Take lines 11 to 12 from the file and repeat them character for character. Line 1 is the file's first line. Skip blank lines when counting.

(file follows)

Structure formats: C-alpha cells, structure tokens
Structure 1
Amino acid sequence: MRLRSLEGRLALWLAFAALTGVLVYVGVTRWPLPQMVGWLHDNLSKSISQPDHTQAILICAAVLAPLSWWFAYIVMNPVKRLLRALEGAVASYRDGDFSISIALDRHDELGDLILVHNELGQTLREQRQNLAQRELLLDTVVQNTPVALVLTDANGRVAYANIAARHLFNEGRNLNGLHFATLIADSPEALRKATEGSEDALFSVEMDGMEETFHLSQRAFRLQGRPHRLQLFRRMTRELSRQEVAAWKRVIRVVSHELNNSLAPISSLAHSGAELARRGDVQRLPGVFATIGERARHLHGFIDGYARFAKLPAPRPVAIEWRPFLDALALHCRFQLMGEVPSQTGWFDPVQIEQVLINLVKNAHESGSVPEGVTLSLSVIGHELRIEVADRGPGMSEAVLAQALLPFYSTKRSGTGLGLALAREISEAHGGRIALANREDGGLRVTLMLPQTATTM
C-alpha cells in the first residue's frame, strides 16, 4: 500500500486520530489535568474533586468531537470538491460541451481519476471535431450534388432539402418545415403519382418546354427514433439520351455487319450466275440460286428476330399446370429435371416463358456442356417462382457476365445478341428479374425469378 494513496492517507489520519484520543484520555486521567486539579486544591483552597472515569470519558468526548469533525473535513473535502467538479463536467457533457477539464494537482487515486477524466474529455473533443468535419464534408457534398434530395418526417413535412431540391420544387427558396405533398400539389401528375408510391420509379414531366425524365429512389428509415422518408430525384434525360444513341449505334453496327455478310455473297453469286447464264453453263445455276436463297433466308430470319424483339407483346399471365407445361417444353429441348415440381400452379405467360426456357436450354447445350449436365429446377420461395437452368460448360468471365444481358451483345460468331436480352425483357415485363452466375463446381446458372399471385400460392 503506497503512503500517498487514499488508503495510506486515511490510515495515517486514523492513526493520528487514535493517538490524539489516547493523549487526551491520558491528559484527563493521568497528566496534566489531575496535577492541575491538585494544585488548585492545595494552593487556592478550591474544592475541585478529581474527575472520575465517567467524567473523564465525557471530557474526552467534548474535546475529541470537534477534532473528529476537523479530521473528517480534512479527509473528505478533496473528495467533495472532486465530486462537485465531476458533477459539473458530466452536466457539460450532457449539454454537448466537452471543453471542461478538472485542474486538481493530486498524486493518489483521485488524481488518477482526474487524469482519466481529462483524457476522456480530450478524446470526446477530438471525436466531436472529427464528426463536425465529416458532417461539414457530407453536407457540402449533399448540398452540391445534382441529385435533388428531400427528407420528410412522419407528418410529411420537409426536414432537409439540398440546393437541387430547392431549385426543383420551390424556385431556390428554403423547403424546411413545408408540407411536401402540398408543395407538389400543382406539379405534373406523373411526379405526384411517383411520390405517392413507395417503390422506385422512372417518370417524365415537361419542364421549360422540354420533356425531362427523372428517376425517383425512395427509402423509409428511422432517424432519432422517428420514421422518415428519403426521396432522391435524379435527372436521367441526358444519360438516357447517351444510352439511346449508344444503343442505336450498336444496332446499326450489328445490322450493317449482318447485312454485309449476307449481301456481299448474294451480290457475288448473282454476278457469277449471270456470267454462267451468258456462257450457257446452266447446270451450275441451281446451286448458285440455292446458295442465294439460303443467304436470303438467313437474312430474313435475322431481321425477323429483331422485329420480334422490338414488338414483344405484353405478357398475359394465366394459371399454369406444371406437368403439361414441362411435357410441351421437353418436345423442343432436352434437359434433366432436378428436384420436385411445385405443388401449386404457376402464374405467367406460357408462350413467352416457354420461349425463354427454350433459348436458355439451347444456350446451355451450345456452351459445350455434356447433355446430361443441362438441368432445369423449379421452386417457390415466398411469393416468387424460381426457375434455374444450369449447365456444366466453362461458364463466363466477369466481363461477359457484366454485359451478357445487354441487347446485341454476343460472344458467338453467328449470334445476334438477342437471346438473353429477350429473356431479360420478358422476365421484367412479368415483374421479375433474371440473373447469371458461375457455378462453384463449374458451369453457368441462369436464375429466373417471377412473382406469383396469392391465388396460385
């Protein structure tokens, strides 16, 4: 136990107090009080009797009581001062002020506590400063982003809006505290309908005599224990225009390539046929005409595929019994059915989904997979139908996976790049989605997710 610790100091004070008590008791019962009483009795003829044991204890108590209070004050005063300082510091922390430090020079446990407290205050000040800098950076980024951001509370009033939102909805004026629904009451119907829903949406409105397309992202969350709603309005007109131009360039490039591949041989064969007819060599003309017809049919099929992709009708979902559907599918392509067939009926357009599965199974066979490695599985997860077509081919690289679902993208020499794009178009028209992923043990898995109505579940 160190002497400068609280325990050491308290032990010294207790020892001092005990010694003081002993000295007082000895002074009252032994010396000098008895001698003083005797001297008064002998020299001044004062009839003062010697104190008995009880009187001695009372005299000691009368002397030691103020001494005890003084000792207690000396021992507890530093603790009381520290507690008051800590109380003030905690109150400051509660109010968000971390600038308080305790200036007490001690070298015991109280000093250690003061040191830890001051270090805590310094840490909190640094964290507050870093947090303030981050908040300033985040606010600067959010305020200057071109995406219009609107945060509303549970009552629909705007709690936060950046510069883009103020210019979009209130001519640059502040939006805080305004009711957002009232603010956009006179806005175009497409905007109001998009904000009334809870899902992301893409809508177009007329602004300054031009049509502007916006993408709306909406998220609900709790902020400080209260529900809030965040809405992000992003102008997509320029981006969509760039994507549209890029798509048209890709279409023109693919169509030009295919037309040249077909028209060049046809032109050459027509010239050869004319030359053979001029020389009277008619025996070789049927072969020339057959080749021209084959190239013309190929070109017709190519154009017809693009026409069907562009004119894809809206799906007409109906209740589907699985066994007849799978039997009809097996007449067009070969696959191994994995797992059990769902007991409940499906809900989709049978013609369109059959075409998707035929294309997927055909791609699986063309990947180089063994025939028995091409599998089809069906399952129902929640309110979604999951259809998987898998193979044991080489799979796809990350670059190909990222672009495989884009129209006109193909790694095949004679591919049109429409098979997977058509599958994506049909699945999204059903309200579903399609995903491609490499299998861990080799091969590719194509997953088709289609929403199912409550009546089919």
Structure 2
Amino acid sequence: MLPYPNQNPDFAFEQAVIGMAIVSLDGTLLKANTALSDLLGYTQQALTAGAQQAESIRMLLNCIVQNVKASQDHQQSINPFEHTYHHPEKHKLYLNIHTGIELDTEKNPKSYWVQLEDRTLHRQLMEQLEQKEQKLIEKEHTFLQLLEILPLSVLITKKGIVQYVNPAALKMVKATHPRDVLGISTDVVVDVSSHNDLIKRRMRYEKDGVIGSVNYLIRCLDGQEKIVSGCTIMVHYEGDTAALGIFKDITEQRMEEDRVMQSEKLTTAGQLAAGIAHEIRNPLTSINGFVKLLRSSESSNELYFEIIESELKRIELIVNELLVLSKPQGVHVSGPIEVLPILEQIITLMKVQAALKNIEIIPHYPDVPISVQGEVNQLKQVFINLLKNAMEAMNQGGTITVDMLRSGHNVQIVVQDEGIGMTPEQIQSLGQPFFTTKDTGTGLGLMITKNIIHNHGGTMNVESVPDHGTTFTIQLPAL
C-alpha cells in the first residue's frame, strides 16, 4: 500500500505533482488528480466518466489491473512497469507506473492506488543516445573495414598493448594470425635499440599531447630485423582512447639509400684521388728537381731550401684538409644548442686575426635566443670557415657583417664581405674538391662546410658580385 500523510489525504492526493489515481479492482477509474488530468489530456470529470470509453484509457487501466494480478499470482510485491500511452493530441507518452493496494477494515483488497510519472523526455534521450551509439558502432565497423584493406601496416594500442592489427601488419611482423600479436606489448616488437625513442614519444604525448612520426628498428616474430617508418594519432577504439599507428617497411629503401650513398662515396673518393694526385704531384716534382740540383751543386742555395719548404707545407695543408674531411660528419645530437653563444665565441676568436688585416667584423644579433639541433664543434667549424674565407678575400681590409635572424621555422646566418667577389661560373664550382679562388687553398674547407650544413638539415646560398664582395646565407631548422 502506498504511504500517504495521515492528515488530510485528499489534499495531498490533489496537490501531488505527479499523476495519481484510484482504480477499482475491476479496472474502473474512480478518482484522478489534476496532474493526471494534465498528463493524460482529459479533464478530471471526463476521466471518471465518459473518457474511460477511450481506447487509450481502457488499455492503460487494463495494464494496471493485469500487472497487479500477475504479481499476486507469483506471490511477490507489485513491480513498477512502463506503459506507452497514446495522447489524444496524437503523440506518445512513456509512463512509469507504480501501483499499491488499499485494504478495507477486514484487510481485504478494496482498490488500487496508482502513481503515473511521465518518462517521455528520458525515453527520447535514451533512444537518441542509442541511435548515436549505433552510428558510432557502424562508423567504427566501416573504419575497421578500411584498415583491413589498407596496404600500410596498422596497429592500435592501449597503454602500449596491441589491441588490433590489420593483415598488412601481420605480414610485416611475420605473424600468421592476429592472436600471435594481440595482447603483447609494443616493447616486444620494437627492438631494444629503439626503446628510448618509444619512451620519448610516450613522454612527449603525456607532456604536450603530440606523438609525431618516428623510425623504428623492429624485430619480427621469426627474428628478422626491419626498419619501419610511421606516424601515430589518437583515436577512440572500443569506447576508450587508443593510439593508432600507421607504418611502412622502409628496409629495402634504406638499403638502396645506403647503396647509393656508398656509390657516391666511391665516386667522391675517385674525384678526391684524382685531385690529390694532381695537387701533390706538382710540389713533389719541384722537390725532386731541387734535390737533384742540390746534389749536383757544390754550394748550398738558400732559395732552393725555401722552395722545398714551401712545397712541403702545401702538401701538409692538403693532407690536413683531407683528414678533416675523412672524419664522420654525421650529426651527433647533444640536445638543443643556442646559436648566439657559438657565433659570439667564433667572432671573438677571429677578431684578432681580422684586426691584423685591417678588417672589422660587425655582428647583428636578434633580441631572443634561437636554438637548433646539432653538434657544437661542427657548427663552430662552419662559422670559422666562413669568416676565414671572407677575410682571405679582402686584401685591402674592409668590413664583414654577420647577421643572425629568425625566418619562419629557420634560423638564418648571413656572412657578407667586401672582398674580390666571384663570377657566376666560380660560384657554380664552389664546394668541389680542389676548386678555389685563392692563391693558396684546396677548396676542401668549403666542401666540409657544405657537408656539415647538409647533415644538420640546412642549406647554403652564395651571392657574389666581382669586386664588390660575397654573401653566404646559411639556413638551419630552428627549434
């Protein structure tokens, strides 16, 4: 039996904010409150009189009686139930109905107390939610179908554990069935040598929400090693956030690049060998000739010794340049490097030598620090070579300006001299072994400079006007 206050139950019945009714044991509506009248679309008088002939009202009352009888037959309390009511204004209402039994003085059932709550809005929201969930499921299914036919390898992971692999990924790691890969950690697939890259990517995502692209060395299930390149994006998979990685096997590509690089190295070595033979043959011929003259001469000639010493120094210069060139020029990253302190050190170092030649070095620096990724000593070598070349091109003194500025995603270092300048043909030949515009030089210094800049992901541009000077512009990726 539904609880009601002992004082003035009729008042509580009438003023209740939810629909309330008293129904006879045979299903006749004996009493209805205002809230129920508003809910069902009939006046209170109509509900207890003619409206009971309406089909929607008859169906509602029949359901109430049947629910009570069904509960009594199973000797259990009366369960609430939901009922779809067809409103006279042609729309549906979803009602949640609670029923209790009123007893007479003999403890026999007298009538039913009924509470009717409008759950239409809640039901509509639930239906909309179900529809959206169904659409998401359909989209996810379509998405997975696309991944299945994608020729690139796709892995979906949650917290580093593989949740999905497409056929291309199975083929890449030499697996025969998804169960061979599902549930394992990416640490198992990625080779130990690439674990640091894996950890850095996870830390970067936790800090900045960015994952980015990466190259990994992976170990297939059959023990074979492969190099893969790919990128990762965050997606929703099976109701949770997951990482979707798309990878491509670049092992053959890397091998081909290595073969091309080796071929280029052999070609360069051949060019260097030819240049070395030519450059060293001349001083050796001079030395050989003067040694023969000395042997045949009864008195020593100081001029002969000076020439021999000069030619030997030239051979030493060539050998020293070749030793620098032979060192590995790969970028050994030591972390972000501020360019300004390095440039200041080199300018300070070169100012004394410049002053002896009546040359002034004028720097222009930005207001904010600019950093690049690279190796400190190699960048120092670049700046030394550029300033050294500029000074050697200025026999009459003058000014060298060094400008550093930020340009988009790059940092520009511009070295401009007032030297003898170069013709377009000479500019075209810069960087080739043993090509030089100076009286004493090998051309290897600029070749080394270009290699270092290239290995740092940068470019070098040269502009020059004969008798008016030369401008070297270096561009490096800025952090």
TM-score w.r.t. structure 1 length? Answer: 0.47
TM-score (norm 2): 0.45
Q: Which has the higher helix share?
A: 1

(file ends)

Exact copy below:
TM-score (norm 2): 0.45
Q: Which has the higher helix share?